Mothers Unite! (No children required)
This was originally published on Native Plants & Wildlife Gardens.
Mother: One who watches moths.
This week is National Moth Week and although it’s nearly over, you still have time to get out and see some moths. Moths are one of nature’s most interesting insects, and incredibly numerous. Think a moth is drab and boring? Do a quick search for plume moths, or a Rosy Maple Moth. Personally, I love the subtle beauty of the shapes and patterns of moths. They have more natural, understated beauty like Ingrid Bergman while butterflies are flashier and brighter like Marilyn Monroe. While butterflies get the vast majority of the glory, moths outnumber them 14-1. There are 11,000 species in North America and over 142,000 in the world. They often fly at night making them seem less numerous. Unlike other night prowlers like bats, moths are easy to find and watch in your own yard. It can be as simple as leaving your porch light on during the night, or going high tech with special lights and traps.
The first thing you should do is go buy Discovering Moths: Nighttime Jewels in Your Own Backyard. It’s a book which will give you all the information and enthusiasm about moths you need to get started.
There are several methods you can use to attract moths for viewing. First, simply leave your porch lights on all night and check the area around them first thing in the morning. Additionally, if you’re a night owl, hang up a white sheet and set up some lights to shine on it. You could also simply use the side of a building. There are many suggestions for what types of lights to use. On the simple end, you could try an ultraviolet light, a full spectrum light or even just a regular house light bulb. On the more complicated end, you can get into mercury vapor lights (unless you have neighbors close by because they’re very bright).
If you want to take your mothing a step further, you could try baiting or sugaring. This is fairly simple and you only need a few common ingredients. One recipe calls for an over-ripe banana, rum (hopefully a cheap kind), beer and some brown sugar. As a bonus, the recipe author recommends tasting the rum and beer for freshness first. Once you have this concoction ready to go, you can brush it onto trees or if you’re short on trees, get some rope, soak it in the brew and hang it up.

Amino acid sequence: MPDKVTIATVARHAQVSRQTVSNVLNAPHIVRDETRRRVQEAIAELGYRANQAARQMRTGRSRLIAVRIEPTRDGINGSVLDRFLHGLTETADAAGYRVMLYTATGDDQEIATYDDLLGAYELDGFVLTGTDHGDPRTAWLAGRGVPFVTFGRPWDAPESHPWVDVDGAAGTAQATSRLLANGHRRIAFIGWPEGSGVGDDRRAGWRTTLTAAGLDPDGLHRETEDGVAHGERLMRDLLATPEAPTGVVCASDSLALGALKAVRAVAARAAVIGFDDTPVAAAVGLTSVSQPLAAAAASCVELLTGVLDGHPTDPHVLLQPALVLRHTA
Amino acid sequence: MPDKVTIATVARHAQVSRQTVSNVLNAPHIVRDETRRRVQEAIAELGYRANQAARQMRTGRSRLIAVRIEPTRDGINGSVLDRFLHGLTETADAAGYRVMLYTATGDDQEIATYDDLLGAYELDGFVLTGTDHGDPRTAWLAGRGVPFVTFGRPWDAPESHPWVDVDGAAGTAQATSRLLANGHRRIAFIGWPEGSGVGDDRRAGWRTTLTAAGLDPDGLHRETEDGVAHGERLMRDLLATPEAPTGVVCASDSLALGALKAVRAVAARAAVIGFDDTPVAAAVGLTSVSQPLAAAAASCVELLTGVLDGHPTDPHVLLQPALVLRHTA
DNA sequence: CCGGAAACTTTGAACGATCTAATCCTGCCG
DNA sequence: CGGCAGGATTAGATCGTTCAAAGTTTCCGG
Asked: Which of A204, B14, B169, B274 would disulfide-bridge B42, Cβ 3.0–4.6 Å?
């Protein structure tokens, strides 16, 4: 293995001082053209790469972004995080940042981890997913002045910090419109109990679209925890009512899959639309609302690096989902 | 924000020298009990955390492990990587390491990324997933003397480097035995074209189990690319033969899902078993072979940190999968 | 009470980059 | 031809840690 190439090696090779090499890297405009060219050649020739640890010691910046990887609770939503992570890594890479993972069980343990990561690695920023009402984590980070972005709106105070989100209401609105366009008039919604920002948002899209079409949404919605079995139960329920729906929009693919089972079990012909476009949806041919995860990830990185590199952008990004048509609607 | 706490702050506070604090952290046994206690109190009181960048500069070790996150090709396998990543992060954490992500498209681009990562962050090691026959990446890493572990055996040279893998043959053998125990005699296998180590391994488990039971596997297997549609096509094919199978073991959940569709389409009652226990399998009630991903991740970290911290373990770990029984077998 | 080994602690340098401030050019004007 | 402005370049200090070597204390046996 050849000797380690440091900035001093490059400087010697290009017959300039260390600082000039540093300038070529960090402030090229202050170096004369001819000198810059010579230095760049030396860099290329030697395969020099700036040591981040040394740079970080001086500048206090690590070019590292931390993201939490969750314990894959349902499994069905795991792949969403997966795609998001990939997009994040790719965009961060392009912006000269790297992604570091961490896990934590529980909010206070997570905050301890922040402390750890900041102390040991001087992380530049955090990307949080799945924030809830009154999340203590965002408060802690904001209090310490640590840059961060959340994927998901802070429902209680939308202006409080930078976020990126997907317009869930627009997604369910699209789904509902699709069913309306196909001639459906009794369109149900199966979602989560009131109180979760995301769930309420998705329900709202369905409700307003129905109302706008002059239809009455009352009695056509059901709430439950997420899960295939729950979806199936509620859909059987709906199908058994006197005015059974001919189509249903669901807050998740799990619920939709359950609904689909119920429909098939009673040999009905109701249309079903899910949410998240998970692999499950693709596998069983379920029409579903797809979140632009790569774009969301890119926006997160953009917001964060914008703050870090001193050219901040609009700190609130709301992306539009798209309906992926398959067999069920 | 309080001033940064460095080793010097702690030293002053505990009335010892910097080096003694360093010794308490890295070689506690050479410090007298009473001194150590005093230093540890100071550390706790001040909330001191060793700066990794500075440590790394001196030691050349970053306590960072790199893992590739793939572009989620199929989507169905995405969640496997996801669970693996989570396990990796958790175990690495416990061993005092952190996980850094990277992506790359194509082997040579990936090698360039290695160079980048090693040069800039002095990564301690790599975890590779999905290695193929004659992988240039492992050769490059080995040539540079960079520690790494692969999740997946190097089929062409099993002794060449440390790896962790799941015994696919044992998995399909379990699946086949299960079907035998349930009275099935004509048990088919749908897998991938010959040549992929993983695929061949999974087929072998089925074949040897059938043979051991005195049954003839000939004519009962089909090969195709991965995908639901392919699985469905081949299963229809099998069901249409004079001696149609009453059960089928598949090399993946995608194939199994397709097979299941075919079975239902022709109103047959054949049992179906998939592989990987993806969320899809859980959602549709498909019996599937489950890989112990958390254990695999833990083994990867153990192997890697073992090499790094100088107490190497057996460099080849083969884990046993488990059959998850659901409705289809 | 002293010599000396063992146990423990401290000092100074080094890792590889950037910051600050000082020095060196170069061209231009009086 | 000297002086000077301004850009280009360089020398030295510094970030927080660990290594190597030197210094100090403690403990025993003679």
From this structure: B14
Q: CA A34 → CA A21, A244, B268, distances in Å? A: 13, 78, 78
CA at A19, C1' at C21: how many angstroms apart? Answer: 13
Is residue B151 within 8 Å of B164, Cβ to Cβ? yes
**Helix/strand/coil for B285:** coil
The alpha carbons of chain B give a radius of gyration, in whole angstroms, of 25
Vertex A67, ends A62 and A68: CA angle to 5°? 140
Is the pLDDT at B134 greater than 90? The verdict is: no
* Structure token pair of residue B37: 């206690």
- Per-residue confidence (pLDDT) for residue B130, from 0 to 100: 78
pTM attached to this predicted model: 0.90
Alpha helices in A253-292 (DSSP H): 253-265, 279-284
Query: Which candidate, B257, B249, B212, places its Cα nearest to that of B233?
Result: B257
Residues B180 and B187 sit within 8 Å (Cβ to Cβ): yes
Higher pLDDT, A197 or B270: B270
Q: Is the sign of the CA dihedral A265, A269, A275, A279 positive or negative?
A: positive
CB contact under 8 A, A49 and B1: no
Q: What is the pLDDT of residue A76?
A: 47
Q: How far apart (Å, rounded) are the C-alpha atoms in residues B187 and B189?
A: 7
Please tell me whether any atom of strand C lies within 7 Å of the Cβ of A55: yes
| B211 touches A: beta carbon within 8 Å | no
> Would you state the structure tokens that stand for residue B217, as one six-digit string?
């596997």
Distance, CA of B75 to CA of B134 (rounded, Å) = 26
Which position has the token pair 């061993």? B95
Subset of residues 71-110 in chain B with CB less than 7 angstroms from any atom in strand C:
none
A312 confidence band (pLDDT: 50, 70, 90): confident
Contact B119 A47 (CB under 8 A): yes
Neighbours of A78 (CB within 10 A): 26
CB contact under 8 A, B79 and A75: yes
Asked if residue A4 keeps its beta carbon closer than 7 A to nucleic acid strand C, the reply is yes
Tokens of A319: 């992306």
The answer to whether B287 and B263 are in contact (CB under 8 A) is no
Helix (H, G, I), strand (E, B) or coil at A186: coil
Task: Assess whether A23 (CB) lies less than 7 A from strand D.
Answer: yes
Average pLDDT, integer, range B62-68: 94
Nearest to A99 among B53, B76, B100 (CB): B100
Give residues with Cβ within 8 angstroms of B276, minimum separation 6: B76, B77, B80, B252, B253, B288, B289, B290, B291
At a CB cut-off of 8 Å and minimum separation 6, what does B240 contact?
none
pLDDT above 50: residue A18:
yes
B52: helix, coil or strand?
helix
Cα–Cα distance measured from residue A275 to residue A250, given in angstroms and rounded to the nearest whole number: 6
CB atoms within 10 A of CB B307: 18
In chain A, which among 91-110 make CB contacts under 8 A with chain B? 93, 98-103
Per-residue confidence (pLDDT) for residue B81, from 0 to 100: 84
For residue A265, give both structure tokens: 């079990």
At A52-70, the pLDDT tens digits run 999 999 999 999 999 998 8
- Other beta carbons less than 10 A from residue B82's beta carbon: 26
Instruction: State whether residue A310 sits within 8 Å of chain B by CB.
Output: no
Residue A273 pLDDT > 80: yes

If, like me, you have a hard time staying awake to watch moths at night, try making a moth trap. The simplest approach is a bucket with a lamp shade. During a recent thrift store trip, I found the materials to build a moth trap for only a few dollars. You’ll want a bucket, but it could be a plastic waste bin or something along those lines. Then look for an old lamp shade, something to act as a funnel and hold your light bulb. Lastly, you’ll need something for the moths to settle on inside the trap so they don’t damage their wings flying around. Many people use egg cartons, but I found small containers generally used for plant starts, which work just as well. If you prefer, you can buy fancy, pre-made light traps as well. There are many, many suggestions on building various moth traps online, just do a little researching.
Moths are harder to find during the day, but some are day fliers and if you know where to look, you can find some of the night fliers hiding away. Here are some tips for a daytime moth hunt.
Once you have attracted your moths, take photos of them. National Moth Week has a Flickr group where you can share, you can join the North American Moth Photographers Group, or share on your own photo pages. I’ve been keeping a Flickr album of all the moths I’ve found in our yard this year. Take a look.
Identifying moths is a tough challenge. Fortunately there are many resources to help. If you’re in the Pacific Northwest, try the new Pacific Northwest Moths website. Butterflies and Moths of North America is an excellent website full of data as well. BugGuide is one of my favorite resources online and you can simply add a photo and experts will identify it for you. If you live in the the Northeast, you’re very lucky to have a new field guide, Peterson Field Guide to Moths of Northeastern North America. For the (very serious) others in the western half of the country there is Moths of Western North America. Also for the Pacific Northwest is a free document Butterflies and Moths of Pacific Northwest Woodlands and Forests (PDF) and Macromoths of Northwest Forests and Woodlands website.
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